U.S. school children need less work, more play: study

CHICAGO (Reuters) - All work and no play may be a hazard for some U.S. school children.

Researchers reported on Monday that a growing trend of curbing free time at school may lead to unruly classrooms and rob youngsters of needed exercise and an important chance to socialize.

A look at more than 10,000 children aged 8 and 9 found better classroom behavior among those who had at least a 15-minute break during the school day compared to those who did not, Dr. Romina Barros and colleagues at the Albert Einstein College of Medicine in New York reported.

The behavior assessments were general in nature and not made at any particular time of the school day, their report said.

“The available research suggests that recess may play an important role in the learning, social development, and health of children in elementary school,” the research team said in a study published in Pediatrics, the journal of the American Academy of Pediatrics.

But today many children get less free time and fewer physical outlets at school “because many school districts responded to the No Child Left Behind Act of 2001 by reducing time committed to recess, the creative arts, and even physical education in an effort to focus on reading and mathematics,” they added.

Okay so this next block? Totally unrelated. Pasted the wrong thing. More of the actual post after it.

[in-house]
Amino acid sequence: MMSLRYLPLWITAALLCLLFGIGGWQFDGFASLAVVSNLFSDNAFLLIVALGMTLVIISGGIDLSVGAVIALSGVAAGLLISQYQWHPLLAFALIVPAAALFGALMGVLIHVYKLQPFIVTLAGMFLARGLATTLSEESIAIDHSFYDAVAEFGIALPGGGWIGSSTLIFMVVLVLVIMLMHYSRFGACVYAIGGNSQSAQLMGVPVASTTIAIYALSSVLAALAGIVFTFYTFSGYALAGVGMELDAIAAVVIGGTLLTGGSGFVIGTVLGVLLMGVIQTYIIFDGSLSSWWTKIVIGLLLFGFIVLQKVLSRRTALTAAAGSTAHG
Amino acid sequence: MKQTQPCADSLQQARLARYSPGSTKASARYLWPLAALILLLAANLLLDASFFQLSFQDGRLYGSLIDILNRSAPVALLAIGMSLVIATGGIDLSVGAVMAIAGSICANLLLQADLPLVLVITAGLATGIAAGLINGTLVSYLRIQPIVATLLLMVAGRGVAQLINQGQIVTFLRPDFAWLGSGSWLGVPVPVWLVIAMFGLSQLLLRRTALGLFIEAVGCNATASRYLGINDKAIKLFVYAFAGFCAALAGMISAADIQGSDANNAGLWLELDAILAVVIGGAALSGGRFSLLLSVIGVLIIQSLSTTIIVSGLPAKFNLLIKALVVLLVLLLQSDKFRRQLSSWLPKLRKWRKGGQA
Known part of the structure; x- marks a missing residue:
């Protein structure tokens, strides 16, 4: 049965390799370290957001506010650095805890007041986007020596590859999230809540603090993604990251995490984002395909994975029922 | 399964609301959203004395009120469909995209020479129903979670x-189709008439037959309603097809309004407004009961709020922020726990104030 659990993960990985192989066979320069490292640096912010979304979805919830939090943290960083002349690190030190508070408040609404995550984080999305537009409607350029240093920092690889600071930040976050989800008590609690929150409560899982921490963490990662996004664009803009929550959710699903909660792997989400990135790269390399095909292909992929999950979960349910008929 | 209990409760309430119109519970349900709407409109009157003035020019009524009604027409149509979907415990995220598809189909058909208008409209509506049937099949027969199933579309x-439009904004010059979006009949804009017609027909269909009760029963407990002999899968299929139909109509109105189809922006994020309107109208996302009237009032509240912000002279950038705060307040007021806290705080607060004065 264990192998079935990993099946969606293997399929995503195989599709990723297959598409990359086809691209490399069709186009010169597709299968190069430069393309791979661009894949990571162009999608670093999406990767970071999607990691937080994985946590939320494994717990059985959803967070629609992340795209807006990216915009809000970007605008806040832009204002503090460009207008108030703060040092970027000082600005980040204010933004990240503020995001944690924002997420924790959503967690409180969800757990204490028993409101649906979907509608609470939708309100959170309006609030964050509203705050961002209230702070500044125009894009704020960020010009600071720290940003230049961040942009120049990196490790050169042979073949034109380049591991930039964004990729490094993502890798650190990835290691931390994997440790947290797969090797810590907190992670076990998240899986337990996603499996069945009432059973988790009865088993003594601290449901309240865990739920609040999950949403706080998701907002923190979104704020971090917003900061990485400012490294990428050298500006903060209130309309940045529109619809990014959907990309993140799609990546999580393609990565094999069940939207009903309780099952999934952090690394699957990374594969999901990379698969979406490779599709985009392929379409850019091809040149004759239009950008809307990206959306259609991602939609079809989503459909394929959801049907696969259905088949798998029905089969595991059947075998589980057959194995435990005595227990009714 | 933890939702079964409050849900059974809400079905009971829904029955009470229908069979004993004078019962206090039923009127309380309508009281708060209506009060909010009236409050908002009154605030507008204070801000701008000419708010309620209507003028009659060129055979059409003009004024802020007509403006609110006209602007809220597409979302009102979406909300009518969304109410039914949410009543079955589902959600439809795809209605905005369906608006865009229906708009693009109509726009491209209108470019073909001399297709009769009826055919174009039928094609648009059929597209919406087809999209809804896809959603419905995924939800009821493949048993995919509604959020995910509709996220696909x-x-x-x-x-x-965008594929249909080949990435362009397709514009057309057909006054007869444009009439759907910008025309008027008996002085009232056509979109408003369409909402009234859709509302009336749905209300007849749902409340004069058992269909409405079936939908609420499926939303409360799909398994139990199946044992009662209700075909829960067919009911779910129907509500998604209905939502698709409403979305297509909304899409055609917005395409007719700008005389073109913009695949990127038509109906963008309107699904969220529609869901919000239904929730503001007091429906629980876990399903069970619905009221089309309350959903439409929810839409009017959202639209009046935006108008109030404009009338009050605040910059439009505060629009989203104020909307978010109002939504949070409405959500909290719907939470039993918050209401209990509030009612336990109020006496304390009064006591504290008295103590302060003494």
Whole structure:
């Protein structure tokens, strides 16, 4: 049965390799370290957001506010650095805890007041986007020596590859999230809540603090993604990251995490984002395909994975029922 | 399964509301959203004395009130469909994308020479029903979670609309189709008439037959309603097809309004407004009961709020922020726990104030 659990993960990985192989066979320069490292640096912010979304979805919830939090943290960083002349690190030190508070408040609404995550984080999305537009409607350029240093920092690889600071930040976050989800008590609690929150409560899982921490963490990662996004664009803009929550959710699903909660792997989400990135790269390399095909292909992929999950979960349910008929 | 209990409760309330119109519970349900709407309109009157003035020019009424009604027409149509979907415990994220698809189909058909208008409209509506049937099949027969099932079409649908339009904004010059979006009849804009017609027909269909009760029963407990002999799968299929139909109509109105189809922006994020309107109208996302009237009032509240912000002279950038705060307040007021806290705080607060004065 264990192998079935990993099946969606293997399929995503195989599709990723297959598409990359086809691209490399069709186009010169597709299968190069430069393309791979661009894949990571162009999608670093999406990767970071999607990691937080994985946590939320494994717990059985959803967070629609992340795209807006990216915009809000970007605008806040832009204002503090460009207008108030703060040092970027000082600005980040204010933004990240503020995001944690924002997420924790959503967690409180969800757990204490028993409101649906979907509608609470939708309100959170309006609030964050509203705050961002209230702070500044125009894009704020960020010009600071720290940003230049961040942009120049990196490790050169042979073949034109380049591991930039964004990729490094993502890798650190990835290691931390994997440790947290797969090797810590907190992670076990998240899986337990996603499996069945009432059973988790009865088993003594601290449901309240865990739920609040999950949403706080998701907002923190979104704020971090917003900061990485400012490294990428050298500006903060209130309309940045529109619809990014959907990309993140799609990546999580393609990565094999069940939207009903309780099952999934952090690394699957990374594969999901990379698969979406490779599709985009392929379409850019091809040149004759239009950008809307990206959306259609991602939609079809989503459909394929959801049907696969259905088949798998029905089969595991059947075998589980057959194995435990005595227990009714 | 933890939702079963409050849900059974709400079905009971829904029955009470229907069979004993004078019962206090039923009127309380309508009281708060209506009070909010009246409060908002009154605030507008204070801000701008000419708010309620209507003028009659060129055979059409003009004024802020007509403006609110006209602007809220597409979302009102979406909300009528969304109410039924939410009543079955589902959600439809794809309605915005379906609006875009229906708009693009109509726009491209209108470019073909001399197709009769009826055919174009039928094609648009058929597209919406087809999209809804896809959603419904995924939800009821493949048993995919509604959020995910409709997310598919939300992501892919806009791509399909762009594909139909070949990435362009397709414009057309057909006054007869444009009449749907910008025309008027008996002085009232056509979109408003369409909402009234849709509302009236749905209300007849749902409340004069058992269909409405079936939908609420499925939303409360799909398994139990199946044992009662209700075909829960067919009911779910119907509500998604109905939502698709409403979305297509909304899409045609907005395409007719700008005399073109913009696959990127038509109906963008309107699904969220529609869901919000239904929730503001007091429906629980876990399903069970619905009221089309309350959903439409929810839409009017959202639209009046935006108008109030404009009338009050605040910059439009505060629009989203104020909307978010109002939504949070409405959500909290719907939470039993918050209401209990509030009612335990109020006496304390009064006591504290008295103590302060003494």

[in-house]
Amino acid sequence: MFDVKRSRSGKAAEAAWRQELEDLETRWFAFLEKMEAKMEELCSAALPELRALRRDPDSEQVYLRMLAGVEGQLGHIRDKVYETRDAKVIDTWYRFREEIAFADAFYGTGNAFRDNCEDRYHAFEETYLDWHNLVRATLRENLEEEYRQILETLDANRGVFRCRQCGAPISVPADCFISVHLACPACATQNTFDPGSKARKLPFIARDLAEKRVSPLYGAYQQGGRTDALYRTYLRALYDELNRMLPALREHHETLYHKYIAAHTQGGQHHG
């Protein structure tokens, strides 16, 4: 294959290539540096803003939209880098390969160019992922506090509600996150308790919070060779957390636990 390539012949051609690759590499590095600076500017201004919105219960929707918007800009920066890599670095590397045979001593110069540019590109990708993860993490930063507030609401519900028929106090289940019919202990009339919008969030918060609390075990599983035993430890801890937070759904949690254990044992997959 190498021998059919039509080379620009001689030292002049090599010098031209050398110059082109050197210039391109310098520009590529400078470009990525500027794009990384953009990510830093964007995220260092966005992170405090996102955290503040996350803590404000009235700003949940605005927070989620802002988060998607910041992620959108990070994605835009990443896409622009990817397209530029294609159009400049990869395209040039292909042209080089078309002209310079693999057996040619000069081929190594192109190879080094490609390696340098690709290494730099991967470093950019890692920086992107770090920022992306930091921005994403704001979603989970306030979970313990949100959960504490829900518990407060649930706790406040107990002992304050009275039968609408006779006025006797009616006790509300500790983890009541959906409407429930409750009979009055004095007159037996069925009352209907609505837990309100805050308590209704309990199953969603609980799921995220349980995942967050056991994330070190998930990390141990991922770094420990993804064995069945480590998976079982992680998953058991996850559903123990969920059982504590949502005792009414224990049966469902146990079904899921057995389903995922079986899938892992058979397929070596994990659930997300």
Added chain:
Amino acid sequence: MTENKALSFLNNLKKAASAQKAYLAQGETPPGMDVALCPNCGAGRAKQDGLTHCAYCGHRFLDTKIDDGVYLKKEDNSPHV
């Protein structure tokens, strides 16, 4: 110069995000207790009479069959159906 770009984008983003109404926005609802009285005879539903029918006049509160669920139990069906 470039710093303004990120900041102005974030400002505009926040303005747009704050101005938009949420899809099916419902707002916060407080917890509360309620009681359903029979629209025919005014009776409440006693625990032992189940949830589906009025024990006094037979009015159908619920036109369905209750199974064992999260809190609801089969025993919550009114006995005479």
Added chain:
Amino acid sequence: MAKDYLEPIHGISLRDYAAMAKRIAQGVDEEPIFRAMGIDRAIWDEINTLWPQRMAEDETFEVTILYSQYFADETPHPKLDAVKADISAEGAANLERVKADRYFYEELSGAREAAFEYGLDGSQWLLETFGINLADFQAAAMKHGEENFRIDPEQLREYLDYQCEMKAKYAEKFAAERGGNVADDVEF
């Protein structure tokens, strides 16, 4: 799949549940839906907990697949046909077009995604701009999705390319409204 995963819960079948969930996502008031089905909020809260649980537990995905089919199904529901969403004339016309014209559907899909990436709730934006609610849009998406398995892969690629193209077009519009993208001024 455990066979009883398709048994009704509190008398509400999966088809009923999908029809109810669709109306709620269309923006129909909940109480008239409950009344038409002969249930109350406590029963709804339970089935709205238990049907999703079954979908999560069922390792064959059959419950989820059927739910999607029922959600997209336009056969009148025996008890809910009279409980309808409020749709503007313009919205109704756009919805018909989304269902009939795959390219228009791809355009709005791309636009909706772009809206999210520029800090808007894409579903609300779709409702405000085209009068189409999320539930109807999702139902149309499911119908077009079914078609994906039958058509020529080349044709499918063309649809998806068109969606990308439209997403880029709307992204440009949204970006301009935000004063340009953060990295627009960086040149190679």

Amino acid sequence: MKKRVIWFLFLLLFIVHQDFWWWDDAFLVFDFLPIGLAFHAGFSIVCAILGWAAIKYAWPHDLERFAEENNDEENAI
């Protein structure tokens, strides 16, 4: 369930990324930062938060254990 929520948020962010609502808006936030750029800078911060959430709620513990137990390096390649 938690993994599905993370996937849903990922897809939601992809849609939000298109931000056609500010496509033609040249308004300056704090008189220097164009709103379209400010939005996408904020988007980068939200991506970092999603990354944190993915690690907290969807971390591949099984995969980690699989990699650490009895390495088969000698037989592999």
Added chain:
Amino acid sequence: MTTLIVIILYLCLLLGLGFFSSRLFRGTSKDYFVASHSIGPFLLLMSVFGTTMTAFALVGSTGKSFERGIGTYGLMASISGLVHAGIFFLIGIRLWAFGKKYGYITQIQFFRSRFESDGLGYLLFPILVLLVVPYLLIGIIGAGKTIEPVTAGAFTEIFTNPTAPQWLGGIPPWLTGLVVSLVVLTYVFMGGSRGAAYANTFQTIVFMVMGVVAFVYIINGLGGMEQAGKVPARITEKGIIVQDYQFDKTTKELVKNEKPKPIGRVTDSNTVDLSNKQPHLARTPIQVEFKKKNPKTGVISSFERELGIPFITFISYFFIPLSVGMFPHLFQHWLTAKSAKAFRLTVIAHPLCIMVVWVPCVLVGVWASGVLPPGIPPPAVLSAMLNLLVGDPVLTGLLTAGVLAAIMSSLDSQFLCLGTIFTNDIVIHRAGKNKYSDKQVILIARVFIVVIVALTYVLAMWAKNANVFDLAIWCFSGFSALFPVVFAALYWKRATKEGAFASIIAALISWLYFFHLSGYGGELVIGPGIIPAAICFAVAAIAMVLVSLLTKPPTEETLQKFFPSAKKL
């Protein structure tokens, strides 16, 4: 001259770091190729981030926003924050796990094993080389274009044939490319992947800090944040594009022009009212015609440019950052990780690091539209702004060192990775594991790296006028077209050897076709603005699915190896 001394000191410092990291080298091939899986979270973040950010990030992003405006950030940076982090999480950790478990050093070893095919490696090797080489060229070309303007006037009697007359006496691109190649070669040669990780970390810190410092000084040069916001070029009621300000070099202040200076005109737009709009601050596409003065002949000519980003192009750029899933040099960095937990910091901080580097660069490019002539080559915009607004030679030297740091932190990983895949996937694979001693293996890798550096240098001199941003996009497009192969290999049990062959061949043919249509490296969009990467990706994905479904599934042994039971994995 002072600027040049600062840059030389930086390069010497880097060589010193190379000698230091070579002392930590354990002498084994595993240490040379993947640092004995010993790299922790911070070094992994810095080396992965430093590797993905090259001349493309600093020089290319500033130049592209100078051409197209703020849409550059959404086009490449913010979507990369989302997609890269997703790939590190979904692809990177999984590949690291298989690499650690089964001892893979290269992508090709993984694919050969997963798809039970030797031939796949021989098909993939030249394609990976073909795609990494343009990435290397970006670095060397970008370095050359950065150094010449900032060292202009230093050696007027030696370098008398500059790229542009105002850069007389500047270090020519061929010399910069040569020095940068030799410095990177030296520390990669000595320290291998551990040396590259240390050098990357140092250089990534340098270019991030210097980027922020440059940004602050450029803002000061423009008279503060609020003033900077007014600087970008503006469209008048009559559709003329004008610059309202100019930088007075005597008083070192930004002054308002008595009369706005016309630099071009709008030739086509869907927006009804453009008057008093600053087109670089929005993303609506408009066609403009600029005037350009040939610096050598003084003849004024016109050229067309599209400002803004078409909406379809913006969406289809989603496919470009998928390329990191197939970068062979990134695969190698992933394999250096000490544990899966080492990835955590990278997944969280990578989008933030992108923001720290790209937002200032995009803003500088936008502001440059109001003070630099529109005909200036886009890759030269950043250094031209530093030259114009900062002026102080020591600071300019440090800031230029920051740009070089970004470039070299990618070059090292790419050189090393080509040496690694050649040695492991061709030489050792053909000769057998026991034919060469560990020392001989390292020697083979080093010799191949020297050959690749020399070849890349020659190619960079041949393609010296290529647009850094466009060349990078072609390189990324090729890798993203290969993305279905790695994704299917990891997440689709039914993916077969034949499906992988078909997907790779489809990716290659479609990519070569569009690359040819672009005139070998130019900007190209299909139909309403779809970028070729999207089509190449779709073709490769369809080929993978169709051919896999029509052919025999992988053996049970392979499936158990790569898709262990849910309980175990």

The researchers also found that children not getting recess were more likely to be black, from poor families and attending public schools in large cities.

“This raises concern in light of evidence that many children from disadvantaged backgrounds are not free to roam their neighborhoods or even their own yards unless they are accompanied by adults,” the team said. “For many of these children, recess periods may be the only opportunity for them to practice their social skills with other children.”

Barros told Reuters that previously published research indicates that poor children often are deprived of recess because “those schools are located in very violent neighborhoods, and there is the concern that children may get exposed to fights or gun shooting while in recess.”

In addition, she said, such schools are often overcrowded, with space designated for recess or physical activity turned into classrooms.

The study also said the growing problem of childhood obesity needs to be addressed by more activity, especially at school where children spend so much of their day.

One earlier study found that free time has shrunk for U.S. children in and out of school since the 1970s, the report said. At the same time most elementary schools in Asia provide a 10-minute break after every 40 to 50 minutes of instruction, it added.

Editing by Andrew Stern and Eric Walsh